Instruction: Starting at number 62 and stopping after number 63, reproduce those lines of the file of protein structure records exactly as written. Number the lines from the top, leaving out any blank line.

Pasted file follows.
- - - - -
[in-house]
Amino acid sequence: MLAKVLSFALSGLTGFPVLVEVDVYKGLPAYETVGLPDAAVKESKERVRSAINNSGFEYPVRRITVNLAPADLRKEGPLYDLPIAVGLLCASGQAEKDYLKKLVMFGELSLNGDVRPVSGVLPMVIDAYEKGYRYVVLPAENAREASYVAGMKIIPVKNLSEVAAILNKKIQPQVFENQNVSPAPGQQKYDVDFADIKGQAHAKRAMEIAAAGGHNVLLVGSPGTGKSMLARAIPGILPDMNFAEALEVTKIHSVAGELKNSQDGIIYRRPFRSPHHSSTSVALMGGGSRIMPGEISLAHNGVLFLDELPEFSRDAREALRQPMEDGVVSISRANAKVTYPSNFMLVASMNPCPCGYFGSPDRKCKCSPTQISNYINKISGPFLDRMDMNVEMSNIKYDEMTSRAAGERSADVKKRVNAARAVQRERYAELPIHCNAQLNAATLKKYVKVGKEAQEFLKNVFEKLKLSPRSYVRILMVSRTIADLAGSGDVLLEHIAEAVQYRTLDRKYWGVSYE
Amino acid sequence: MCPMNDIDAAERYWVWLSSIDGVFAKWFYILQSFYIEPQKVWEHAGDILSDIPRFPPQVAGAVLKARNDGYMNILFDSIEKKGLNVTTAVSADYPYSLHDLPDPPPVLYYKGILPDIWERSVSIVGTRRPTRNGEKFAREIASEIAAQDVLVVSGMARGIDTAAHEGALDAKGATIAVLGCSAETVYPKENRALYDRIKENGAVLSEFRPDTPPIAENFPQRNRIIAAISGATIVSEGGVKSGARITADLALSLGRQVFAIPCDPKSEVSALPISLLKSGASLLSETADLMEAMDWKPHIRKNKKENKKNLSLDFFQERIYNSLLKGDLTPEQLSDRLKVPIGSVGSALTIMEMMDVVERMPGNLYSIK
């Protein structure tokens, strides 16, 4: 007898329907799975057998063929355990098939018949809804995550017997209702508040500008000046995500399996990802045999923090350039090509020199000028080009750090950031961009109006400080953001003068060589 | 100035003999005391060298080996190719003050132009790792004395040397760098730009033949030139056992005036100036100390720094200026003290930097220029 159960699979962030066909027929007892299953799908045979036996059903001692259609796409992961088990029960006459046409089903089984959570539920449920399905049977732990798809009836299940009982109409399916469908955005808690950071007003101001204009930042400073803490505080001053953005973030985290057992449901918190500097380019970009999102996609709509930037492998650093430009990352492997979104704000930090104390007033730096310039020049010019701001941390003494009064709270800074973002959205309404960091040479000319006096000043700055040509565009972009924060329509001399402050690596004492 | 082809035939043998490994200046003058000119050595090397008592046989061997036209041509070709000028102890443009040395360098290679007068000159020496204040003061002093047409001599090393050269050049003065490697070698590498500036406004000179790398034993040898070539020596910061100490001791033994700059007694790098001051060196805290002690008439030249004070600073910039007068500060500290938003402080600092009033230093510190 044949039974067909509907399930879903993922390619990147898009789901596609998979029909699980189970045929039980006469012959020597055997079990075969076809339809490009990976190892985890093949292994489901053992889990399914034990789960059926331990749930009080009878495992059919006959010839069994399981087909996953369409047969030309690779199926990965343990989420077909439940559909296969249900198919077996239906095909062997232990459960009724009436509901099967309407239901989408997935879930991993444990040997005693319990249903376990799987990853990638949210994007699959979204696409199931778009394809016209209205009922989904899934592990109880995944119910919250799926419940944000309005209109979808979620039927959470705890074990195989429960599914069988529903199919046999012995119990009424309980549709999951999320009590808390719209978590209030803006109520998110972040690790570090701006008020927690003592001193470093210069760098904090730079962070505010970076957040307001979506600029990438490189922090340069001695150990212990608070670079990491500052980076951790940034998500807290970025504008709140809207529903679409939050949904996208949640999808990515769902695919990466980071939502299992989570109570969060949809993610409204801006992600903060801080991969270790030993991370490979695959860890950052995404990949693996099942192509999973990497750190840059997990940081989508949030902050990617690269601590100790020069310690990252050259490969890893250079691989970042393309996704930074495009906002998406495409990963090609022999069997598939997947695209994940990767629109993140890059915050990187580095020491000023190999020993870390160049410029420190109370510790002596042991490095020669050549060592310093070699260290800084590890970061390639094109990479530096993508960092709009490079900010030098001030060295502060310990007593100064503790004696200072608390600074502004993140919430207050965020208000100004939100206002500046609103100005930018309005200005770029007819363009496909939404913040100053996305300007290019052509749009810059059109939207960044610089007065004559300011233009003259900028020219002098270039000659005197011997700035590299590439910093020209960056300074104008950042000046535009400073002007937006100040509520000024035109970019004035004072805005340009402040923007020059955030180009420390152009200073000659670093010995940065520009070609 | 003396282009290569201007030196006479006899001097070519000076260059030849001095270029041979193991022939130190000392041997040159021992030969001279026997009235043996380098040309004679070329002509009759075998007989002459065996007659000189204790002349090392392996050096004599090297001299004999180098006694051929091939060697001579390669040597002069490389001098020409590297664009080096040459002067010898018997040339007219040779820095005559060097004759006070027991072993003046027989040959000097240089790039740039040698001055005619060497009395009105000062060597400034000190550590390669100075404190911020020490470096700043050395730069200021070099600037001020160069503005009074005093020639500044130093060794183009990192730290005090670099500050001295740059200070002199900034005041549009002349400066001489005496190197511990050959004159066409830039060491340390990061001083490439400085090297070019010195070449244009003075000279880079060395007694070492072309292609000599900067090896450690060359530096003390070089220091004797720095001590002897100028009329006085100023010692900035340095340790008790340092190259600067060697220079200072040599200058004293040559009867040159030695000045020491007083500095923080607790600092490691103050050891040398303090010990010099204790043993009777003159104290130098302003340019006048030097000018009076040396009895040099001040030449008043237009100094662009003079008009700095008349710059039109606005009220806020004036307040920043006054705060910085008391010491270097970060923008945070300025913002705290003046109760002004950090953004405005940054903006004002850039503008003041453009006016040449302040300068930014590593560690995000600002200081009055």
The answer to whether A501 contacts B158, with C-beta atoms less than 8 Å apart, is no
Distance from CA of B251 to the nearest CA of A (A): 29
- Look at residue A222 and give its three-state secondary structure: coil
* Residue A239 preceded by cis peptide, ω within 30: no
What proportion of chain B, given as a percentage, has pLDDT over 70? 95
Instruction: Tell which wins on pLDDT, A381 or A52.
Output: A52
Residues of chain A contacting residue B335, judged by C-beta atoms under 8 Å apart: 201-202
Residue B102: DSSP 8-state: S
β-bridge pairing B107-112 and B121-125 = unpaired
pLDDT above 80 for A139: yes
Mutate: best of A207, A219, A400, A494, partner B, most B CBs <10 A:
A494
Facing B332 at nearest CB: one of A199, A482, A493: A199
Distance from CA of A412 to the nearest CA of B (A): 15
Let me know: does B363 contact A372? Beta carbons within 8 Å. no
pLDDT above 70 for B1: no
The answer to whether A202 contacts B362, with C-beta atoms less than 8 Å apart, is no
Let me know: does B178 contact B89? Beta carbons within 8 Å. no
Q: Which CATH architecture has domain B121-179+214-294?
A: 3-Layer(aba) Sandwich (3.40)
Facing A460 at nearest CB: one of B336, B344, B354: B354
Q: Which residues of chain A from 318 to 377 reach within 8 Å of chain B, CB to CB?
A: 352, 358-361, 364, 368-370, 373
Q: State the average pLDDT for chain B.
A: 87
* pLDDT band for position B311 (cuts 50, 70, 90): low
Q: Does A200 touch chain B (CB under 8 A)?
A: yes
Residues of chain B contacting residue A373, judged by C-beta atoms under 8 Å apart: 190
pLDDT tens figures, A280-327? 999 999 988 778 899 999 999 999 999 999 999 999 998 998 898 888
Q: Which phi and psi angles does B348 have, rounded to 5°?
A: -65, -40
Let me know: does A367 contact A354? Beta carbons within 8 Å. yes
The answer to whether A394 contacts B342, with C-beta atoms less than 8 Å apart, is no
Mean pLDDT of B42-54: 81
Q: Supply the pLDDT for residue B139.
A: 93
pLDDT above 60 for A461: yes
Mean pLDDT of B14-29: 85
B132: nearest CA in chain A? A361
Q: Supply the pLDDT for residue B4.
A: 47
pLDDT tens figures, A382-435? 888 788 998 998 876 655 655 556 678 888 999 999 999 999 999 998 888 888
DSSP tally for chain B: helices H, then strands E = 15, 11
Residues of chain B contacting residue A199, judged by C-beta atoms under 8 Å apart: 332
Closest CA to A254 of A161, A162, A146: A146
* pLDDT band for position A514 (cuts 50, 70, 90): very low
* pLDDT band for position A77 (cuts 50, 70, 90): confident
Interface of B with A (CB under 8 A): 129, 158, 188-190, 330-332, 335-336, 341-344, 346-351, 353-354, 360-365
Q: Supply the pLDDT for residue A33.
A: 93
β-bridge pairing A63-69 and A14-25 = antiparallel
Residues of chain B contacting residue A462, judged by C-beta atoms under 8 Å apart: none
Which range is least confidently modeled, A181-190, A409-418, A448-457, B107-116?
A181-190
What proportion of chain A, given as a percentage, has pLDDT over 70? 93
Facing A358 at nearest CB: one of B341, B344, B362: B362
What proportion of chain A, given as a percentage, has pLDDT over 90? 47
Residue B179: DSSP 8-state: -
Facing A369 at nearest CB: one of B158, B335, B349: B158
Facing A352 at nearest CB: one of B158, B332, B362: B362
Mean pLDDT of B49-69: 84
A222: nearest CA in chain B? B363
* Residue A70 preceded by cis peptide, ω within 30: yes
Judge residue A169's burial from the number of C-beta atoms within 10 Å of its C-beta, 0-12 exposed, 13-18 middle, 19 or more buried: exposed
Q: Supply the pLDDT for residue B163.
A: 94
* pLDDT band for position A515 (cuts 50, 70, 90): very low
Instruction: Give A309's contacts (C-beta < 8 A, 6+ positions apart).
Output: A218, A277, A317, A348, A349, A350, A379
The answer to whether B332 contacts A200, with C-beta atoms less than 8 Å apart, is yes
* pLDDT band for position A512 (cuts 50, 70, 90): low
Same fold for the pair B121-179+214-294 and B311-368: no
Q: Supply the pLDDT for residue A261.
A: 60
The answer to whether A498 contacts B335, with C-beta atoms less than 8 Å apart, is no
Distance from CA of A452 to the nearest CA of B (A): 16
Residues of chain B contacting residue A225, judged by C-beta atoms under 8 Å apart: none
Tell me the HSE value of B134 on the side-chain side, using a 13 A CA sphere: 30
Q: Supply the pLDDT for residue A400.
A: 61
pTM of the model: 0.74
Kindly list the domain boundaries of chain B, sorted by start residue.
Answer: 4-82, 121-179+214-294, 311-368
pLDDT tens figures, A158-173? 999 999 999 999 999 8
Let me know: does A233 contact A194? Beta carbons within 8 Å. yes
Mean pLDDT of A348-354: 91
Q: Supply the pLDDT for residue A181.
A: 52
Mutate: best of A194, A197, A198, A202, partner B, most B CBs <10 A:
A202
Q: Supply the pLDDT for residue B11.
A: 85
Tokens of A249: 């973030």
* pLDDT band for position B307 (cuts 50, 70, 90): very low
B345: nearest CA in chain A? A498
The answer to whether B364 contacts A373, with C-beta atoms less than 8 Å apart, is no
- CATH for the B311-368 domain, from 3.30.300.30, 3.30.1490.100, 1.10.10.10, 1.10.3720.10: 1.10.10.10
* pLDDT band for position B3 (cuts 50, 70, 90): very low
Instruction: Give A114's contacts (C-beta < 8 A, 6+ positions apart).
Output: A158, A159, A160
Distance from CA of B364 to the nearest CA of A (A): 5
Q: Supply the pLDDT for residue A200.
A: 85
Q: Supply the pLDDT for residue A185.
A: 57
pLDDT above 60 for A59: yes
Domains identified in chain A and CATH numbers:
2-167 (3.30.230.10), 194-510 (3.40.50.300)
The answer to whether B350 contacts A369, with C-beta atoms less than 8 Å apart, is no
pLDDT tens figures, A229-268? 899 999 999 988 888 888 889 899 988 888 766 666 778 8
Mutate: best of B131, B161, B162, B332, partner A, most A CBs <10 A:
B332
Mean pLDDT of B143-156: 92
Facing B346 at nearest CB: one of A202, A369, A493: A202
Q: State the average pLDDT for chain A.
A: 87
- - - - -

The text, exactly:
Facing A358 at nearest CB: one of B341, B344, B362: B362
What proportion of chain A, given as a percentage, has pLDDT over 90? 47